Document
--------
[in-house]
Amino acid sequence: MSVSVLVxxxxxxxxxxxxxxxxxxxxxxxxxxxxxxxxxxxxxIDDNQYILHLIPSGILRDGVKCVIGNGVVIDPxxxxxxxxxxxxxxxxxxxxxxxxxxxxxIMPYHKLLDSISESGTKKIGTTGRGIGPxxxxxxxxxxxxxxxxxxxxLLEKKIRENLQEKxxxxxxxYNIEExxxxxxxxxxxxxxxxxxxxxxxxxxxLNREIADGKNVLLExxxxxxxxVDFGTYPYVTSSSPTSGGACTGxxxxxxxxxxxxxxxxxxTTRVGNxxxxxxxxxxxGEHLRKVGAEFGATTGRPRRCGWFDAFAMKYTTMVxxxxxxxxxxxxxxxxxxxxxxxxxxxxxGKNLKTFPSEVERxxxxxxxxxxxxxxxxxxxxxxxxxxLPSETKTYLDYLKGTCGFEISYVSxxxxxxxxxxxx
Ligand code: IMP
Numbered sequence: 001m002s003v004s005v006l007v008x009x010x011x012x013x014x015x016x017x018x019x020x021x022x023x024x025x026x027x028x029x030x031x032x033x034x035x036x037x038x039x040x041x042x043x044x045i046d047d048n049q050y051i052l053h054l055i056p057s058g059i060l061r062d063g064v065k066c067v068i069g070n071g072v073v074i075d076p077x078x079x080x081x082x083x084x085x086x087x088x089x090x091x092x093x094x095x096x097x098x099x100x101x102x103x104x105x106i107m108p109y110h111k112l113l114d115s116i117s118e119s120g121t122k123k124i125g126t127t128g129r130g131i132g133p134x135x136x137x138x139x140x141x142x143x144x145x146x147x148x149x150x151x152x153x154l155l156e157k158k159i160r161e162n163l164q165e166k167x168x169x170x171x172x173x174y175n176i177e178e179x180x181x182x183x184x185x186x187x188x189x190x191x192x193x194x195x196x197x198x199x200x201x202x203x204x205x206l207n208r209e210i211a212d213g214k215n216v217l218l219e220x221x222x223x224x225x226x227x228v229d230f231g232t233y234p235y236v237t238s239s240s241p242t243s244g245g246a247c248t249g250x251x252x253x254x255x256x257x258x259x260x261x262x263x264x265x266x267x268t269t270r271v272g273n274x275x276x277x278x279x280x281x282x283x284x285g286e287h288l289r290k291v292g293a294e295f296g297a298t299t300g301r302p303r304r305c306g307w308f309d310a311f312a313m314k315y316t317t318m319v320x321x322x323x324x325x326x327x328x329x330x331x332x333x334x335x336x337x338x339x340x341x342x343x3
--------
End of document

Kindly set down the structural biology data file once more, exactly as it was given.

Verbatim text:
[in-house]
Amino acid sequence: MSVSVLVxxxxxxxxxxxxxxxxxxxxxxxxxxxxxxxxxxxxxIDDNQYILHLIPSGILRDGVKCVIGNGVVIDPxxxxxxxxxxxxxxxxxxxxxxxxxxxxxIMPYHKLLDSISESGTKKIGTTGRGIGPxxxxxxxxxxxxxxxxxxxxLLEKKIRENLQEKxxxxxxxYNIEExxxxxxxxxxxxxxxxxxxxxxxxxxxLNREIADGKNVLLExxxxxxxxVDFGTYPYVTSSSPTSGGACTGxxxxxxxxxxxxxxxxxxTTRVGNxxxxxxxxxxxGEHLRKVGAEFGATTGRPRRCGWFDAFAMKYTTMVxxxxxxxxxxxxxxxxxxxxxxxxxxxxxGKNLKTFPSEVERxxxxxxxxxxxxxxxxxxxxxxxxxxLPSETKTYLDYLKGTCGFEISYVSxxxxxxxxxxxx
Ligand code: IMP
Numbered sequence: 001m002s003v004s005v006l007v008x009x010x011x012x013x014x015x016x017x018x019x020x021x022x023x024x025x026x027x028x029x030x031x032x033x034x035x036x037x038x039x040x041x042x043x044x045i046d047d048n049q050y051i052l053h054l055i056p057s058g059i060l061r062d063g064v065k066c067v068i069g070n071g072v073v074i075d076p077x078x079x080x081x082x083x084x085x086x087x088x089x090x091x092x093x094x095x096x097x098x099x100x101x102x103x104x105x106i107m108p109y110h111k112l113l114d115s116i117s118e119s120g121t122k123k124i125g126t127t128g129r130g131i132g133p134x135x136x137x138x139x140x141x142x143x144x145x146x147x148x149x150x151x152x153x154l155l156e157k158k159i160r161e162n163l164q165e166k167x168x169x170x171x172x173x174y175n176i177e178e179x180x181x182x183x184x185x186x187x188x189x190x191x192x193x194x195x196x197x198x199x200x201x202x203x204x205x206l207n208r209e210i211a212d213g214k215n216v217l218l219e220x221x222x223x224x225x226x227x228v229d230f231g232t233y234p235y236v237t238s239s240s241p242t243s244g245g246a247c248t249g250x251x252x253x254x255x256x257x258x259x260x261x262x263x264x265x266x267x268t269t270r271v272g273n274x275x276x277x278x279x280x281x282x283x284x285g286e287h288l289r290k291v292g293a294e295f296g297a298t299t300g301r302p303r304r305c306g307w308f309d310a311f312a313m314k315y316t317t318m319v320x321x322x323x324x325x326x327x328x329x330x331x332x333x334x335x336x337x338x339x340x341x342x343x3